Presentation: Environments, Graphics and Sound in Video Games
“Such strong visuals really have the power to attract people, including non-gamers, and create somewhat of a pseudo-realistic environment as the context for gameplay.”
It’s not a mystery that video games have had a major graphical boost over the past 10 - 15 years. From the old days of 2D, video games nowadays look pretty realistic. This is yet another element of video games that sustains engagement. Surprisingly, the literature doesn’t seem to focus on the role of graphics and environments, despite how important they are to the average gamer of this generation. As the technology continues to improve, the games continue to look better. Photorealistic graphics have taken a foothold in this past generation, and kids engage with games that look like these on a regular basis. Imagine watching or sitting through a Powerpoint presentation that has no images, or videos or other form of media, but instead is loaded with text and commentary from the presenter. Now, compare that to a Powerpoint that is colorful, has a good number of images, maybe includes video and if necessary and animations/transitions between slides. This isn’t to say that the former can’t be a good presentation, but the latter is much more likely to capture the average person’s attention. Likewise, modern video games use the technology to take the player through numerous environments from the beginning to the end of the game, all in high resolution, and incorporate a soundtrack that accompanies the player along this journey. Such strong visuals really have the power to attract people, including non-gamers, and create somewhat of a pseudo-realistic environment as the context for gameplay.
In addition to strong visuals, the environments themselves are often realistic places. In Assassin’s Creed Origins, the setting takes place in ancient Egypt. The player uncovers mysteries, explores tombs, treasures, etc. while the technological capability makes these locations more realistic.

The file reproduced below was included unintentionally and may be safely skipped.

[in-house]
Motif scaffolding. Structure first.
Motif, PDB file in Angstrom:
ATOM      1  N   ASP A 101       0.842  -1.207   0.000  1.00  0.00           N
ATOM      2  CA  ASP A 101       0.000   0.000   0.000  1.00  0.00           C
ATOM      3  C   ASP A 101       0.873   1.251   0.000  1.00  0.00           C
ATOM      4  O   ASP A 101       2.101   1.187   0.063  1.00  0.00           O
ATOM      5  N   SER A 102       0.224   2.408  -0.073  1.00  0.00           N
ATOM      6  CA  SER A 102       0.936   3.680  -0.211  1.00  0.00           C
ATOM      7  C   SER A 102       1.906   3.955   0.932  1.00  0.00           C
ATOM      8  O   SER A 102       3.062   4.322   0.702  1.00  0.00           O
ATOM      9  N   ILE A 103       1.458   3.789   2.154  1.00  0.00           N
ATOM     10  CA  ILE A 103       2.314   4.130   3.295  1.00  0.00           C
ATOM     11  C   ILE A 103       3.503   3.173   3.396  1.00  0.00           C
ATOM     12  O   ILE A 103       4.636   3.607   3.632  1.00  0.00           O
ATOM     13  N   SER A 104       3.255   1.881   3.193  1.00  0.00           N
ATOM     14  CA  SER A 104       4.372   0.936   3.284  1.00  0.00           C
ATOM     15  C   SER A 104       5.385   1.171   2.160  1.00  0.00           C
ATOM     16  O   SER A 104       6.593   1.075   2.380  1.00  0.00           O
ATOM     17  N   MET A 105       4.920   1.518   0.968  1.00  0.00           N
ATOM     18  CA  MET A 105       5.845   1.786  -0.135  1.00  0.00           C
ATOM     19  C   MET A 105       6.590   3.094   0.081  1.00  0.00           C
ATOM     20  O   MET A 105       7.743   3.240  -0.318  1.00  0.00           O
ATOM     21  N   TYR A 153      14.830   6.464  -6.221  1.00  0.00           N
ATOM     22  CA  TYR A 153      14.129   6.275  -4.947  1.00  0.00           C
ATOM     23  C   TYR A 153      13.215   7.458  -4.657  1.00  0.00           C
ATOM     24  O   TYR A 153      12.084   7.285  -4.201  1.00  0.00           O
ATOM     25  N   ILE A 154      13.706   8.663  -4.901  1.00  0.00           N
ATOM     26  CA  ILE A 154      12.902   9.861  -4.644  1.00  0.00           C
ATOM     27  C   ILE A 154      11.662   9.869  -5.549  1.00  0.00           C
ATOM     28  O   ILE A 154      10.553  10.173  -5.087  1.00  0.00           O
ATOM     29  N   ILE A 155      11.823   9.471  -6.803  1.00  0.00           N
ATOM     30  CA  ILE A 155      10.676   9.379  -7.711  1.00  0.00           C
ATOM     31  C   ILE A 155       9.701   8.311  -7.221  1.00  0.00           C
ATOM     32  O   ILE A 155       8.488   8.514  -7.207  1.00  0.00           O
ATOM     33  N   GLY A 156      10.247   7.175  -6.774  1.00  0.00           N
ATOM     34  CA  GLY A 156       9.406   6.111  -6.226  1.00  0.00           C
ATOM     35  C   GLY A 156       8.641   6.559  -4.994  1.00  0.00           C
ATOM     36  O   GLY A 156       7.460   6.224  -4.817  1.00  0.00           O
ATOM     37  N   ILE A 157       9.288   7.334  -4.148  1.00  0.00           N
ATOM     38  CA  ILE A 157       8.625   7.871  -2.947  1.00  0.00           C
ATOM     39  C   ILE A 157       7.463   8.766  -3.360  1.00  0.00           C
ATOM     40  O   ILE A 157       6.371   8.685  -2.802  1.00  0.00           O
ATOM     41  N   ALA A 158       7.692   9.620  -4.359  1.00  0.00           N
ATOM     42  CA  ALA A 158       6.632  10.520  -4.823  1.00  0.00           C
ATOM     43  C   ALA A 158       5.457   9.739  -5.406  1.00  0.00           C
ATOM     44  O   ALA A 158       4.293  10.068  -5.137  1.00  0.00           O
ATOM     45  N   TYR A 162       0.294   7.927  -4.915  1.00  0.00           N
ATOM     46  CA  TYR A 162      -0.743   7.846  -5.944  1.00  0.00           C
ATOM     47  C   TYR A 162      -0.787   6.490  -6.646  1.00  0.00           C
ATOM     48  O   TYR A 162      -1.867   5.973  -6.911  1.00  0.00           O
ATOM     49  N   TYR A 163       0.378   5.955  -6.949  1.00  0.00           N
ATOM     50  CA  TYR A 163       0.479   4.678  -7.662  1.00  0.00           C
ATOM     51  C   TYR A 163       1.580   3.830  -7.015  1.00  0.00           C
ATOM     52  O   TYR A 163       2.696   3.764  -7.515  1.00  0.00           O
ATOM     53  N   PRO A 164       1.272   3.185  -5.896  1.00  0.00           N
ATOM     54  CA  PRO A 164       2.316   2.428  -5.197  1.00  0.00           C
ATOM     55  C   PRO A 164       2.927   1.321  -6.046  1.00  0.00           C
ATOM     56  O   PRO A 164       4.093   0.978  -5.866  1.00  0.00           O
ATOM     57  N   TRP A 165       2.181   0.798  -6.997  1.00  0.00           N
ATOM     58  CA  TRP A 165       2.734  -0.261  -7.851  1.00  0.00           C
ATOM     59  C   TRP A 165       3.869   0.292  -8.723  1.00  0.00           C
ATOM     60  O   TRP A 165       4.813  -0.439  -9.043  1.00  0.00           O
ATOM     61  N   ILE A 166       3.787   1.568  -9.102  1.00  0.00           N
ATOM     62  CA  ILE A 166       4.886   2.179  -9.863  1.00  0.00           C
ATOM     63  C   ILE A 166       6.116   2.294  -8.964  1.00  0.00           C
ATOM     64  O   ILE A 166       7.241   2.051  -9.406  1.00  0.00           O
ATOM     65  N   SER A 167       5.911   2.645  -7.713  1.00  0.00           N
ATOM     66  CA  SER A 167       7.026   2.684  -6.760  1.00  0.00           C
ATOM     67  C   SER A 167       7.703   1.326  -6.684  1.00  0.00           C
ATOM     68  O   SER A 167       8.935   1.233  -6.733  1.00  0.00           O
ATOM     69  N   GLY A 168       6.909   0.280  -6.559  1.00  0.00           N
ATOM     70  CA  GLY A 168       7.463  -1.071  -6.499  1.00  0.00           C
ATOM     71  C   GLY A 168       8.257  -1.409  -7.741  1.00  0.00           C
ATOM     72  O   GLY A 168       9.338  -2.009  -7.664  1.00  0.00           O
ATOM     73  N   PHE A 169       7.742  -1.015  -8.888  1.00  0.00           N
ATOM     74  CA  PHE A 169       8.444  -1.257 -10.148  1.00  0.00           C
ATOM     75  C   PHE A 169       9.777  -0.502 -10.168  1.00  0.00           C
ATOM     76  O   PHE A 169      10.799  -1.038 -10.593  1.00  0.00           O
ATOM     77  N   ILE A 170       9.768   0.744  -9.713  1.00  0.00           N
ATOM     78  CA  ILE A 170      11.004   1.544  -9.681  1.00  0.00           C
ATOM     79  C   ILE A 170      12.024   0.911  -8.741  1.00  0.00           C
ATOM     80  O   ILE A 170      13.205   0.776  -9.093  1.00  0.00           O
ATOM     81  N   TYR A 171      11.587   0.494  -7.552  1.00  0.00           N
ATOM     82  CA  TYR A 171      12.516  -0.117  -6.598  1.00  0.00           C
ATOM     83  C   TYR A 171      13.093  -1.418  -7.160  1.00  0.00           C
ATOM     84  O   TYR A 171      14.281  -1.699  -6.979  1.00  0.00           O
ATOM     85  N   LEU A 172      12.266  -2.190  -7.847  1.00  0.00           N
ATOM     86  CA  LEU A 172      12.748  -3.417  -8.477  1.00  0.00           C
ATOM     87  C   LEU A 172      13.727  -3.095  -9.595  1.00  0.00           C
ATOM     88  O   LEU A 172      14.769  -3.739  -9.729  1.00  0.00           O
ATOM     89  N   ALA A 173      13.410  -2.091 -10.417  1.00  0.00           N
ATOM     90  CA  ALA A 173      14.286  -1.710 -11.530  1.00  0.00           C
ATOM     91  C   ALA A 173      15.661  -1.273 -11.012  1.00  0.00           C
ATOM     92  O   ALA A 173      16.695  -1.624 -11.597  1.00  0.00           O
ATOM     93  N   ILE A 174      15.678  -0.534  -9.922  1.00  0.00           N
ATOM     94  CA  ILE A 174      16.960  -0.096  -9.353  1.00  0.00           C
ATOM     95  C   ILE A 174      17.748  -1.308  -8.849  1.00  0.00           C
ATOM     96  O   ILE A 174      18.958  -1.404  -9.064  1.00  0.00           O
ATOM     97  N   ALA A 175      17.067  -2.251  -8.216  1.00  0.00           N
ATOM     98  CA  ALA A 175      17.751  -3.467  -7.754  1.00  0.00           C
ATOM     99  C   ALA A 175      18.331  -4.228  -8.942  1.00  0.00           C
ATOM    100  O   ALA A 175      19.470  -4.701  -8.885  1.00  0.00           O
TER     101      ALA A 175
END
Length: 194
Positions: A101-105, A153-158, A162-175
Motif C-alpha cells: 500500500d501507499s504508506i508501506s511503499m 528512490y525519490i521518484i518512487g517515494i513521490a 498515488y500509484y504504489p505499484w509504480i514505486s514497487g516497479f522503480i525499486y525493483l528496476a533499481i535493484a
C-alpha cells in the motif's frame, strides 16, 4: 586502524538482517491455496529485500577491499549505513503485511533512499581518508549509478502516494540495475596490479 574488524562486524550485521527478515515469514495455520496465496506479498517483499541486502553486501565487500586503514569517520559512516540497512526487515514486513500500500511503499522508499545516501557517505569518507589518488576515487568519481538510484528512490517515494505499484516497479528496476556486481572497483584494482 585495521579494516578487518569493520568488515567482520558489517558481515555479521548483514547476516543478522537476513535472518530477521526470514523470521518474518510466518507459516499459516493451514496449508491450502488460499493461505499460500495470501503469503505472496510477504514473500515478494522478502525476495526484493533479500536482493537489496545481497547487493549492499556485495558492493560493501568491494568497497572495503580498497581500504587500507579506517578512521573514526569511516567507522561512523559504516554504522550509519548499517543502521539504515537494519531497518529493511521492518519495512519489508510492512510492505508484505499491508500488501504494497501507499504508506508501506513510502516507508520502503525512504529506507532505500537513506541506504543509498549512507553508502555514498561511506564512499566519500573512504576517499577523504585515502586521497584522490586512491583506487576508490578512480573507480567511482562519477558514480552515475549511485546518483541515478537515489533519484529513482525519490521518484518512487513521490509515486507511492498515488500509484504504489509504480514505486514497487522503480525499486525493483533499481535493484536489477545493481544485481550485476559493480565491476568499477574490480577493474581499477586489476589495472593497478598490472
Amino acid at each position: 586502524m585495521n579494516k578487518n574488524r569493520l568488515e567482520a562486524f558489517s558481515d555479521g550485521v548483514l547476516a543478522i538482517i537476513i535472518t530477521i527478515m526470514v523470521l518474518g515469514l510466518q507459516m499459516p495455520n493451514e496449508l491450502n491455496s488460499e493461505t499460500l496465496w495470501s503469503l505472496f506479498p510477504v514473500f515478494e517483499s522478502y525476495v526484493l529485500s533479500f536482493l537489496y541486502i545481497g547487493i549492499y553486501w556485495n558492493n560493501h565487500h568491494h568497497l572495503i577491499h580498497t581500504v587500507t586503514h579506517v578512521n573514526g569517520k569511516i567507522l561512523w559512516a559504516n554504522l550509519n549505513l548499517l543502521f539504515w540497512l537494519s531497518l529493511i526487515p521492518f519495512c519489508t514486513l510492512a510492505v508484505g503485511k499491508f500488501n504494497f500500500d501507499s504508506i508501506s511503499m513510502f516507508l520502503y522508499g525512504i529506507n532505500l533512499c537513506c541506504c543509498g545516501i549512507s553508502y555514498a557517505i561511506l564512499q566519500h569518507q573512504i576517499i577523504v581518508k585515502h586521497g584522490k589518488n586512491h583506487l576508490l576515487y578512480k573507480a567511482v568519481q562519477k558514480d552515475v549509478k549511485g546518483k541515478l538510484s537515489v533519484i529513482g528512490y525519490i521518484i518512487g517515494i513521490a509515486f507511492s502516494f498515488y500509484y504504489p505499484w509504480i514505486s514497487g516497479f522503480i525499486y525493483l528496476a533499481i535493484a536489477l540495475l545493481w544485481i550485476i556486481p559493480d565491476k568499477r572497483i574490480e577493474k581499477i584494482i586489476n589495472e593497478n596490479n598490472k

In Ni No Kuni II (Level-5, 2018), the first Kingdom the player enters, Goldpaw, appears to be Chinese-inspired, considering the the names of the NPCs (non-playable characters), the outfits they wear, the building architecture, and names of the food for purchase in the town.
There are other gorgeous locales in Ni No Kuni II like Hydropolis, a water kingdom, located in the middle of the ocean. In Marvel’s Spider-Man (Insomniac Games, 2018) the setting is New York City.
Sound (tracks, sound effects) is an equally important feature, as they are there from the beginning to the end of the game and become associated with particular locales, characters, and cutscenes in the game. In fact, it is not uncommon for some soundtracks in video games to take on their own iconic identities. The Final Fantasy franchise, particularly Final Fantasy VII (Squaresoft, 1997) has numerous users doing their own renditions and covers of popular tracks from the game on YouTube. Sounds are meant to accompany the game’s environments and invoke or elicit multiple different emotions from the player. From hypertense music during intense battles or cutscenes in action games, to more peaceful soundtracks in towns of role-playing games, sound is a crucial part of game-play that is more subtle than others (probably because it is not visual), that can make a game feel much better and more motivating to play.